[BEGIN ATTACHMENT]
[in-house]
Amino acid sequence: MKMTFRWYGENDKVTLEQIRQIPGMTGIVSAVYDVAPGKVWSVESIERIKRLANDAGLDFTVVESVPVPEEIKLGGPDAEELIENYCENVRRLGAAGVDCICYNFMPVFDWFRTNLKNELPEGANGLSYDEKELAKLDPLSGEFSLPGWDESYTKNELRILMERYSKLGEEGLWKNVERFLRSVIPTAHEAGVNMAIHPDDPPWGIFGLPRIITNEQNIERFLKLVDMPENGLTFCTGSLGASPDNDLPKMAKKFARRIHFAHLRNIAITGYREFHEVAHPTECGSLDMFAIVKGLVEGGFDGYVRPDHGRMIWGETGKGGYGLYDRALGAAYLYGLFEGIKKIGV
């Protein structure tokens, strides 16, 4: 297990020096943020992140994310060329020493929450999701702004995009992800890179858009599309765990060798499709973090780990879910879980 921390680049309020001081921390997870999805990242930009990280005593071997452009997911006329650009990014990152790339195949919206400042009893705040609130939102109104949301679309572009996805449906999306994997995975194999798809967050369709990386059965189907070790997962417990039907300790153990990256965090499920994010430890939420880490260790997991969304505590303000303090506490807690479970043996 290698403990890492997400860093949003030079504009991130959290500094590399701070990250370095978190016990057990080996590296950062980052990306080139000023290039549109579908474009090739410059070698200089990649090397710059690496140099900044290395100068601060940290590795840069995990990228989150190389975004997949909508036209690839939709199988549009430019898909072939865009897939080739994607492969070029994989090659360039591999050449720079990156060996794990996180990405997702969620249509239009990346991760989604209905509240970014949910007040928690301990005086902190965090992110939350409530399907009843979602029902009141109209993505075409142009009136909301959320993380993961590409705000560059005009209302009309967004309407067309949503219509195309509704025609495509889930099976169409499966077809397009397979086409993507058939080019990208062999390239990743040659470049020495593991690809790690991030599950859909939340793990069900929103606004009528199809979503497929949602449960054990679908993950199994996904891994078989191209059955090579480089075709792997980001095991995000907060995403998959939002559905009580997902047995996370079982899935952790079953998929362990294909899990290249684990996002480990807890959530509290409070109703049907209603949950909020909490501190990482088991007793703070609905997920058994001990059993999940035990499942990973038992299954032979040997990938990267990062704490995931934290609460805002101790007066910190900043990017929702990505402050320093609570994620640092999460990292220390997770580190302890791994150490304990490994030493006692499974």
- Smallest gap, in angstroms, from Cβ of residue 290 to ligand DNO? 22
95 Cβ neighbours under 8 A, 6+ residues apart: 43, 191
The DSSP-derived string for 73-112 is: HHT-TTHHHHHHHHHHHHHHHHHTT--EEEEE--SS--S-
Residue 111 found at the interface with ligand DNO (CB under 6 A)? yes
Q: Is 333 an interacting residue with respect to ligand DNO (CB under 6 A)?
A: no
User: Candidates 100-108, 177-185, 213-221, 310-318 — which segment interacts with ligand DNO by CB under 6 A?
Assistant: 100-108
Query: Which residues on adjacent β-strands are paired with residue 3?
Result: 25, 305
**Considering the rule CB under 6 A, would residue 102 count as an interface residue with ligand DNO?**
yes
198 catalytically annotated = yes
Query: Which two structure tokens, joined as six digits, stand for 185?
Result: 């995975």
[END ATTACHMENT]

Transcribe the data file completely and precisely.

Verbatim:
[in-house]
Amino acid sequence: MKMTFRWYGENDKVTLEQIRQIPGMTGIVSAVYDVAPGKVWSVESIERIKRLANDAGLDFTVVESVPVPEEIKLGGPDAEELIENYCENVRRLGAAGVDCICYNFMPVFDWFRTNLKNELPEGANGLSYDEKELAKLDPLSGEFSLPGWDESYTKNELRILMERYSKLGEEGLWKNVERFLRSVIPTAHEAGVNMAIHPDDPPWGIFGLPRIITNEQNIERFLKLVDMPENGLTFCTGSLGASPDNDLPKMAKKFARRIHFAHLRNIAITGYREFHEVAHPTECGSLDMFAIVKGLVEGGFDGYVRPDHGRMIWGETGKGGYGLYDRALGAAYLYGLFEGIKKIGV
């Protein structure tokens, strides 16, 4: 297990020096943020992140994310060329020493929450999701702004995009992800890179858009599309765990060798499709973090780990879910879980 921390680049309020001081921390997870999805990242930009990280005593071997452009997911006329650009990014990152790339195949919206400042009893705040609130939102109104949301679309572009996805449906999306994997995975194999798809967050369709990386059965189907070790997962417990039907300790153990990256965090499920994010430890939420880490260790997991969304505590303000303090506490807690479970043996 290698403990890492997400860093949003030079504009991130959290500094590399701070990250370095978190016990057990080996590296950062980052990306080139000023290039549109579908474009090739410059070698200089990649090397710059690496140099900044290395100068601060940290590795840069995990990228989150190389975004997949909508036209690839939709199988549009430019898909072939865009897939080739994607492969070029994989090659360039591999050449720079990156060996794990996180990405997702969620249509239009990346991760989604209905509240970014949910007040928690301990005086902190965090992110939350409530399907009843979602029902009141109209993505075409142009009136909301959320993380993961590409705000560059005009209302009309967004309407067309949503219509195309509704025609495509889930099976169409499966077809397009397979086409993507058939080019990208062999390239990743040659470049020495593991690809790690991030599950859909939340793990069900929103606004009528199809979503497929949602449960054990679908993950199994996904891994078989191209059955090579480089075709792997980001095991995000907060995403998959939002559905009580997902047995996370079982899935952790079953998929362990294909899990290249684990996002480990807890959530509290409070109703049907209603949950909020909490501190990482088991007793703070609905997920058994001990059993999940035990499942990973038992299954032979040997990938990267990062704490995931934290609460805002101790007066910190900043990017929702990505402050320093609570994620640092999460990292220390997770580190302890791994150490304990490994030493006692499974």
- Smallest gap, in angstroms, from Cβ of residue 290 to ligand DNO? 22
95 Cβ neighbours under 8 A, 6+ residues apart: 43, 191
The DSSP-derived string for 73-112 is: HHT-TTHHHHHHHHHHHHHHHHHTT--EEEEE--SS--S-
Residue 111 found at the interface with ligand DNO (CB under 6 A)? yes
Q: Is 333 an interacting residue with respect to ligand DNO (CB under 6 A)?
A: no
User: Candidates 100-108, 177-185, 213-221, 310-318 — which segment interacts with ligand DNO by CB under 6 A?
Assistant: 100-108
Query: Which residues on adjacent β-strands are paired with residue 3?
Result: 25, 305
**Considering the rule CB under 6 A, would residue 102 count as an interface residue with ligand DNO?**
yes
198 catalytically annotated = yes
Query: Which two structure tokens, joined as six digits, stand for 185?
Result: 């995975």